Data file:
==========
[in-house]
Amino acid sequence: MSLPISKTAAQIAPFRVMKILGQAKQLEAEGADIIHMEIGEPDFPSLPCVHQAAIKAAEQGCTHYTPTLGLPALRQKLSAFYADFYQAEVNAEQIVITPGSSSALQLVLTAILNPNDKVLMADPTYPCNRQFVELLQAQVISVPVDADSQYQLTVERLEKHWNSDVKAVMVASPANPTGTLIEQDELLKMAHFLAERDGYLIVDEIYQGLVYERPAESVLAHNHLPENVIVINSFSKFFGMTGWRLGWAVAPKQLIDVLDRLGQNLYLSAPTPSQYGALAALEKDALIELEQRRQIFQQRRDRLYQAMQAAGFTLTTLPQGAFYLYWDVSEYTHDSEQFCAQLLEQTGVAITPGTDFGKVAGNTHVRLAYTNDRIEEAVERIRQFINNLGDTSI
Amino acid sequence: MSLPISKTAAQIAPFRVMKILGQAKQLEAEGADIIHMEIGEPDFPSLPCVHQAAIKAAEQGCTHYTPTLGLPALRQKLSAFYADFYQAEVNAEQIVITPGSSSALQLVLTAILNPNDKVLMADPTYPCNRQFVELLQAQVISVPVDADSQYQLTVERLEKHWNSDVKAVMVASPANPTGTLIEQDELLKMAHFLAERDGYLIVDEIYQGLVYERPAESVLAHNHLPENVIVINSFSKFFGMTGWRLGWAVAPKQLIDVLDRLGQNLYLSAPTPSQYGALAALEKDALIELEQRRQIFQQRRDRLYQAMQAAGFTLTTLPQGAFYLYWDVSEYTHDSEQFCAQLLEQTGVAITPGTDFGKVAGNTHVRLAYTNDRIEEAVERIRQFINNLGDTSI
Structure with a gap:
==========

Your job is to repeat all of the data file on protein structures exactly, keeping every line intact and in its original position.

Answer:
[in-house]
Amino acid sequence: MSLPISKTAAQIAPFRVMKILGQAKQLEAEGADIIHMEIGEPDFPSLPCVHQAAIKAAEQGCTHYTPTLGLPALRQKLSAFYADFYQAEVNAEQIVITPGSSSALQLVLTAILNPNDKVLMADPTYPCNRQFVELLQAQVISVPVDADSQYQLTVERLEKHWNSDVKAVMVASPANPTGTLIEQDELLKMAHFLAERDGYLIVDEIYQGLVYERPAESVLAHNHLPENVIVINSFSKFFGMTGWRLGWAVAPKQLIDVLDRLGQNLYLSAPTPSQYGALAALEKDALIELEQRRQIFQQRRDRLYQAMQAAGFTLTTLPQGAFYLYWDVSEYTHDSEQFCAQLLEQTGVAITPGTDFGKVAGNTHVRLAYTNDRIEEAVERIRQFINNLGDTSI
Amino acid sequence: MSLPISKTAAQIAPFRVMKILGQAKQLEAEGADIIHMEIGEPDFPSLPCVHQAAIKAAEQGCTHYTPTLGLPALRQKLSAFYADFYQAEVNAEQIVITPGSSSALQLVLTAILNPNDKVLMADPTYPCNRQFVELLQAQVISVPVDADSQYQLTVERLEKHWNSDVKAVMVASPANPTGTLIEQDELLKMAHFLAERDGYLIVDEIYQGLVYERPAESVLAHNHLPENVIVINSFSKFFGMTGWRLGWAVAPKQLIDVLDRLGQNLYLSAPTPSQYGALAALEKDALIELEQRRQIFQQRRDRLYQAMQAAGFTLTTLPQGAFYLYWDVSEYTHDSEQFCAQLLEQTGVAITPGTDFGKVAGNTHVRLAYTNDRIEEAVERIRQFINNLGDTSI
Structure with a gap: